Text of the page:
Uber and Lyft Drivers Want to Remain Independent Contractors, But Biden Labor Chief Says They Should be Employees

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Posted by Isabelle Morales on Thursday, April 29th, 2021, 2:45 PM PERMALINK

Labor Secretary Marty Walsh today said that most gig workers in the United States should be classified as “employees,” not independent contractors.  

“… In a lot of cases gig workers should be classified as employees... in some cases they are treated respectfully and in some cases they are not and I think it has to be consistent across the board,” Walsh told Reuters

Reclassifying gig workers in this way would be devastating to independent contractors, as many would lose work.  

Further, neither rideshare drivers themselves nor the American people consider drivers to be employees. Even more damning, most rideshare drivers don’t want to be employees.  

By a 3-1 ratio, Americans consider rideshare drivers to be independent contractors and not employees, according to a landmark Pew Research Center survey.

Pew Research Center conducted a sizable survey of 4,787 American adults and found that most Americans who were aware of the regulatory debate surrounding these areas of the economy do not consider rideshare drivers to be employees, and believe the government should use a light regulatory touch in this area of the economy. 

As noted by Pew, most rideshare users do not consider drivers to be employees. In fact, “66% of ride-hailing users think of the drivers who work for these services as independent contractors, while 23% view them as employees of the app or service.” 

As noted by Pew, "the clear preference for a light regulatory approach among partisans in all camps is striking." 

Similarly, most users consider these to be companies software companies as opposed to transportation companies.

Here is the Pew Research graph that shows these two results:

 

An Edelman Intelligence survey found that the freedom to be an independent contractor is vital to rideshare and food delivery drivers, as nine out of ten drivers on app-based platforms "began driving because they needed a job where they could control their work hours." About 72 percent of drivers supported California Proposition 22, affirming their right to be an independent contractor, not an employee.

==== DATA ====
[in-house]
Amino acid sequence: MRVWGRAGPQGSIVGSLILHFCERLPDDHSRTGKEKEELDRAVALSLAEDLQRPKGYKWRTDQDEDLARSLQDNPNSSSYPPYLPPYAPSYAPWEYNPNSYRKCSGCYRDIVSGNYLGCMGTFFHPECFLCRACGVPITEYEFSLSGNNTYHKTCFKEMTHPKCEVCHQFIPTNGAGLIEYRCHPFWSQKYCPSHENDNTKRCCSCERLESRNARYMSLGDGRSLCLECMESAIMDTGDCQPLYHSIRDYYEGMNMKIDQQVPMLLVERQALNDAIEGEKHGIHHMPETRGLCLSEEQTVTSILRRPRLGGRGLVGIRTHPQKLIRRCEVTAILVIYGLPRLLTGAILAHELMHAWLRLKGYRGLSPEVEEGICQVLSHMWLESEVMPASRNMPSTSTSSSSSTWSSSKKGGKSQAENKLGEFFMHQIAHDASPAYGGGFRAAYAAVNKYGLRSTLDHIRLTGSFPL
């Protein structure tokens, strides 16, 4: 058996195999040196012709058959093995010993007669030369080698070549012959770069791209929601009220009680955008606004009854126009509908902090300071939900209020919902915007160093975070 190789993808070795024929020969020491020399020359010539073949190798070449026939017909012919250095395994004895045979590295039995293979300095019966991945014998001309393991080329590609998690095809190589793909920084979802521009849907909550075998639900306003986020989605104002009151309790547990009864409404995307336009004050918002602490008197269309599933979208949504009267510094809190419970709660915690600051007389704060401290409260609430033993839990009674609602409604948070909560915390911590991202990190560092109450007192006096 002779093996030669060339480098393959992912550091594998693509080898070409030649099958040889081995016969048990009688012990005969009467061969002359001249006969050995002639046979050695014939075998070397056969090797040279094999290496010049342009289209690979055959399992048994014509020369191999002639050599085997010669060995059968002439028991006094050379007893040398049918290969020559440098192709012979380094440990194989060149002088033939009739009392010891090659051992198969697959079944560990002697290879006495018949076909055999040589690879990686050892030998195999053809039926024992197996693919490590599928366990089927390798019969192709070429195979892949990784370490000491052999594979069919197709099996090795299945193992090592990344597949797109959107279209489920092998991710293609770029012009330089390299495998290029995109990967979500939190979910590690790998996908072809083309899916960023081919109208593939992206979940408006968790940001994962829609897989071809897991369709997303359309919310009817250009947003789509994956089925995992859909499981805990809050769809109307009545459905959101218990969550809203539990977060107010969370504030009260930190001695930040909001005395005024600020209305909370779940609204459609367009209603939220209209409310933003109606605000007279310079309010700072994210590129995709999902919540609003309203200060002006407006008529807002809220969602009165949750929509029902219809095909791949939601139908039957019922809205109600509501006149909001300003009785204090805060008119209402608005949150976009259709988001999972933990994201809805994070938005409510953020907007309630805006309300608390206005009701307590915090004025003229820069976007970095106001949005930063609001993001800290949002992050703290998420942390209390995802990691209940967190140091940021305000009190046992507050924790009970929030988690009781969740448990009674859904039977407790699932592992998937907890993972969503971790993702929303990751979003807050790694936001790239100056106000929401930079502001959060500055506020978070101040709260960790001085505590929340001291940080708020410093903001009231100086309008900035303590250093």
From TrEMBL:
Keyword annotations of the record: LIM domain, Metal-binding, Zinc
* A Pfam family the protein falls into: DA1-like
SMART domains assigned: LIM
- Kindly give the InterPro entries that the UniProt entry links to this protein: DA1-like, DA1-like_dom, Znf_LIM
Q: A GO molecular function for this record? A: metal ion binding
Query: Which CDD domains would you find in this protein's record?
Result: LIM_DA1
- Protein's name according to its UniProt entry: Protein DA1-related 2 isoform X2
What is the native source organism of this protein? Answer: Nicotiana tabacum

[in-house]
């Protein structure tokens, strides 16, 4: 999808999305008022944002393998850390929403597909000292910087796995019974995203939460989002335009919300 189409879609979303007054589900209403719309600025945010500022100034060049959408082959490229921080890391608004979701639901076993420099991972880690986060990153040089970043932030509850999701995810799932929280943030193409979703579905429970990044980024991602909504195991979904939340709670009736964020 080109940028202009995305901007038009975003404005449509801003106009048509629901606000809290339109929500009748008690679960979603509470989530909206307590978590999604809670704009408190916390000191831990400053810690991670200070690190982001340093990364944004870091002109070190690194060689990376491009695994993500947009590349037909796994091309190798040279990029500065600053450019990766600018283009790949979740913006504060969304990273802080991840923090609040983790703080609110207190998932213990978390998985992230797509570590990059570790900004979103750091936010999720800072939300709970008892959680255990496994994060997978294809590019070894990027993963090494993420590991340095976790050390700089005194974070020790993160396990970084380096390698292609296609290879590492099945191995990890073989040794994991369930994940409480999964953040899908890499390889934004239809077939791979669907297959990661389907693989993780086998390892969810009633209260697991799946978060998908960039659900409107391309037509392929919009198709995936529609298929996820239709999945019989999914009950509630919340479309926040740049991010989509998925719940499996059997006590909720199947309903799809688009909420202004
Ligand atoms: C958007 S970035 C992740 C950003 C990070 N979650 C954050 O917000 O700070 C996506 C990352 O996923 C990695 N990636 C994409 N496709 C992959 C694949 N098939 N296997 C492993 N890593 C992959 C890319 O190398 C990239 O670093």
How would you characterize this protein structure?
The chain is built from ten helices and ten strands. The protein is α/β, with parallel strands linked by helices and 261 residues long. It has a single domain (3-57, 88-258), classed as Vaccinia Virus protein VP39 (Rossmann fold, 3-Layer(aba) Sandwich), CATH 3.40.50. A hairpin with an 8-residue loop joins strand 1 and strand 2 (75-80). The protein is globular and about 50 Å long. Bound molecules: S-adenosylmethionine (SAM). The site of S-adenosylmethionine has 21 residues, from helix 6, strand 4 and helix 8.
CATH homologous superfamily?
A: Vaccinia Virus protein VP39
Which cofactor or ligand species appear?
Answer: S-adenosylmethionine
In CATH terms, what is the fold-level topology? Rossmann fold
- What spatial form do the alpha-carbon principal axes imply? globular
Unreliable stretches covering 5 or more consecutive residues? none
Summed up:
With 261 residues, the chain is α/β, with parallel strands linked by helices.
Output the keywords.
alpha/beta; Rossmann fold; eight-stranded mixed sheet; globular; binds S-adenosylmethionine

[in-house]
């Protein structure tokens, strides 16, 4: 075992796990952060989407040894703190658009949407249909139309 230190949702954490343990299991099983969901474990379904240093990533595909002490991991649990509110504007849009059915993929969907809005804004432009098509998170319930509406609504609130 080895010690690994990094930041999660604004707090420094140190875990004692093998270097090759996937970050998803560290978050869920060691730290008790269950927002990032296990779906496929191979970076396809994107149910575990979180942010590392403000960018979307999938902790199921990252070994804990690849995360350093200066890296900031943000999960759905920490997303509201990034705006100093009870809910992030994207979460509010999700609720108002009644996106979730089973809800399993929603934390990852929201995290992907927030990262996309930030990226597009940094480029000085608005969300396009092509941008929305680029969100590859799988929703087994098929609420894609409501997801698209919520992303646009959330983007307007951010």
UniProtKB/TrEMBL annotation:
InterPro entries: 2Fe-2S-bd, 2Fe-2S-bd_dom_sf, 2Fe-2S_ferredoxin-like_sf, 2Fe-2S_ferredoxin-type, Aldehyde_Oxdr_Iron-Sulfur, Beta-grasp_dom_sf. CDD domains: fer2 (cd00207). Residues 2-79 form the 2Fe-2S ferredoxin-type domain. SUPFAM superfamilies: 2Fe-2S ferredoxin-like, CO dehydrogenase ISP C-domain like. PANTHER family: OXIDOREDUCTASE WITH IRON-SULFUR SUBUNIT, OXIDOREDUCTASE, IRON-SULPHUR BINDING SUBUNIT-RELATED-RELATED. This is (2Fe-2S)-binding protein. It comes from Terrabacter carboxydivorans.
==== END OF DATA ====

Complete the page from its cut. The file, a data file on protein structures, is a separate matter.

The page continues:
Democratic-leaning Benenson Strategy Group and Republican-leaning GS Strategy Group conducted a survey which found that 77 percent of Drivers say flexibility is more important than receiving benefits. In other words, Drivers prefer flexibility over the benefits of employment by a margin of more than 3-to-1. 

It is clear that drivers prefer to keep independent contractor status, therefore maintaining their independence and flexible work schedule. In fact, nearly 70% of drivers would quit if they had to take on a traditional employment role with Uber. 

Rideshare services have been revolutionary when it comes to people’s access to transportation, safety, and even health. If the Biden administration is successful, rideshare services will likely become more scarce and more expensive.  

By a 5:1 ratio, residents of majority-minority neighborhoods say rideshare services like Uber and Lyft “serve neighborhoods taxis won’t visit" according to the Pew survey.

"Ride-hailing services are seen by minorities as a benefit to areas underserved by taxis," the research found

Over half (53%) of ride-hailing users living in majority-minority communities communicated to Pew Research Center that ride-hailing provides service to neighborhoods where traditional taxi services are scarce. Only 10% of those respondents disagreed with this statement. 

Access to transportation is vital in these areas. 

As Sara Heath of Xtelligent Healthcare Media explains, “Rideshare companies, such as Uber and Lyft, are cruising into the healthcare spotlight. As medical professionals focus on improving patient access to care and addressing the social determinants of health (SDOH), these rideshare services are a cheap and effective option for meeting industry needs… For millions of patients across the country, getting a ride to a medical appointment is a genuine challenge. Public transportation can be unreliable or unavailable, many individuals lack access to their own vehicles, and patients may not always be able to secure a ride from a friend or family member at the right time.” According to the CDC, access to transportation is one of the most significant social determinants of health. 

It is important that we protect independent contractors’ status as ICs and ensure that their work remains flexible. Both drivers’ livelihoods and users’ access to transportation is at stake. 

Photo Credit: Stock Catalog

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